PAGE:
6 Tips for Memorizing Lines

By Lily Cooper
Professional Writing Major, College of Humanities and Social Sciences

Female rehearsing lines

Learning a whole bunch of lines can be challenging, especially when you don’t have a lot of time to do so. However, all actors struggle with memorizing lines and it isn’t something one should feel ashamed about.

Here are six tips to memorizing lines:

1. Run lines with someone.

Running lines with someone is one of the most popular methods for memorizing lines. It’s important to make sure you go over lines with a fellow actor−not a friend or your mom. This keeps you accountable and allows you to also gain some insight into how you are acting.

The app Rehearsal 2 is a great app to use if you can’t find anyone to run lines with. You are able to highlight lines, record other characters’ lines and use it as a teleprompter. While it can’t replace another fellow actor, it helps when you need to run over lines.

2. Write your lines out.

Writing out your lines by hand can help your mind absorb them. Take a pencil and paper and write them all out. This is especially good to do when you have long scenes or a speech. Focus on writing only your lines−don’t get distracted by the other lines. Repeat it a few times.

3. Break down the script.

Don’t attempt to memorize the entire script all at once! Break it up in smaller pieces and repeat until those lines are written into your brain. Going section-by-section makes the memorizing less scary and more doable.

4. Take breaks.

While memorizing is important, it is equally as important to rest in-between. After a while of reading lines and going over them, your brain will get tired and need to be recharged. Go for a run, take a quick nap, eat something or even do a relaxing activity; whatever puts you at ease and gives your brain a break.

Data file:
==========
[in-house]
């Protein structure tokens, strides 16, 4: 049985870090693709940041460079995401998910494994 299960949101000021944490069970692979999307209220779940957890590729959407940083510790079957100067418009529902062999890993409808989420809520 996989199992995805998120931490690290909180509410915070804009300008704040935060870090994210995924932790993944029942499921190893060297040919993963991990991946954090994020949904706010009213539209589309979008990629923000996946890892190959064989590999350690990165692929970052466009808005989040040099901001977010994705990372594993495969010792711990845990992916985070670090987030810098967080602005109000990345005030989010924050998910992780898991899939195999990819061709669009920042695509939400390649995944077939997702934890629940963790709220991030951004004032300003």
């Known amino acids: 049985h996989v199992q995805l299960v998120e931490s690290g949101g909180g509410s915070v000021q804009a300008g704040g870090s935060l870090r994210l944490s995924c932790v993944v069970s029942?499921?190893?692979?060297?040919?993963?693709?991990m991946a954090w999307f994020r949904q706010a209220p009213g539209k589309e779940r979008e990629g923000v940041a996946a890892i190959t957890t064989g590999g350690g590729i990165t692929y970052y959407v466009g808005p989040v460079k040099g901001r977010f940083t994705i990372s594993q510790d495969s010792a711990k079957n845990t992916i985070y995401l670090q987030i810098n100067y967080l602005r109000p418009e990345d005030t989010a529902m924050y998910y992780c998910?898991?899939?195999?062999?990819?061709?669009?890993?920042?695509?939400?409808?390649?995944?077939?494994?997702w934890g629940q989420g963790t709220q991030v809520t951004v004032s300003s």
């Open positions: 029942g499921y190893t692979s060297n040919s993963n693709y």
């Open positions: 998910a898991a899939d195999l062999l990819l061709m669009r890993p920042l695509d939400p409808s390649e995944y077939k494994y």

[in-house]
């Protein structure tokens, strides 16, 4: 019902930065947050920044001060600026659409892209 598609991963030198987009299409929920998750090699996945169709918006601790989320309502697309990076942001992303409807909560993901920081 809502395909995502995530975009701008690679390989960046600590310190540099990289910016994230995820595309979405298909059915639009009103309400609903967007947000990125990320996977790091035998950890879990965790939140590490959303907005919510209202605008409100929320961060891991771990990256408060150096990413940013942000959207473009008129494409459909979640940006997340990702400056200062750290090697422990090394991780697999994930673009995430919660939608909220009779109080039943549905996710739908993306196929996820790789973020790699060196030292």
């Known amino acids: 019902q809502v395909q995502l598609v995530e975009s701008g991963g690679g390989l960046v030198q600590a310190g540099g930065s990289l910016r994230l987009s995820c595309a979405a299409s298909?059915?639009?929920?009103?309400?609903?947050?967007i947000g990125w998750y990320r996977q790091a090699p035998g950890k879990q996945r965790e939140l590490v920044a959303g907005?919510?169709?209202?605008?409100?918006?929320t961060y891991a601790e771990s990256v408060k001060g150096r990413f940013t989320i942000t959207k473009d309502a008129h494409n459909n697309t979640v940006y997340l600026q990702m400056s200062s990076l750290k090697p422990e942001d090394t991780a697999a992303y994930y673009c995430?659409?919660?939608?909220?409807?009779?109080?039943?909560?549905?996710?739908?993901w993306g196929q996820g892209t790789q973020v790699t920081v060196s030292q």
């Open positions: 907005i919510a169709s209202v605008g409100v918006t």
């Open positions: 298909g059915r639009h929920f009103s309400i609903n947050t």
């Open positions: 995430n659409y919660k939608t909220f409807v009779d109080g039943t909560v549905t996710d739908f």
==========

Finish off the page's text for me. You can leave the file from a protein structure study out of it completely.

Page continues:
5. Study your lines before you go to sleep.

Schedule yourself an hour before you go to sleep to go over your lines. However, don’t tire your brain out. Read for your allotted time and then go to bed and sleep for an appropriate amount of time. Staying up late and trying to pound lines in your head won’t do you any favors. You want to be well-rested and able to recall the lines you had previously put in your head.

6. Explore the material.

Ryan R. Williams, an L.A.-based on-camera coach and the founder of Screen Actors System says that an actor should explore the material. He trains his actors to not simply memorize, but to think of the words as part of their story. He says, “It’s not school. Don’t cram. You need to know the lines deeply. How much information have you memorized for school tests? Forgotten. Worthless. Now recall a true story from your own life. Easy.”

He suggests actors conduct a full-text analysis of the scene. Identify the beats, choose your focus and consider the emotional aspects. Look into your character’s backstory and learn more about what makes them tick and what they love. Williams says, “By the time you know the scene as a dramatist, you will have learned the lines organically.”

If you want to learn more about Grand Canyon University’s theatre program within the College of Fine Arts and Production, check out our website or click the Request More Information button on this page.


  • Strassberg, R. (2016, May 04). Backstage Experts Answer: 17 Ways to Quickly Memorize Lines. Retrieved from https://www.backstage.com/magazine/article/backstage-experts-answer-ways-quickly-memorize-lines-6719/

The views and opinions expressed in this article are those of the author’s and do not necessarily reflect the official policy or position of Grand Canyon University. Any sources cited were accurate as of the publish date.

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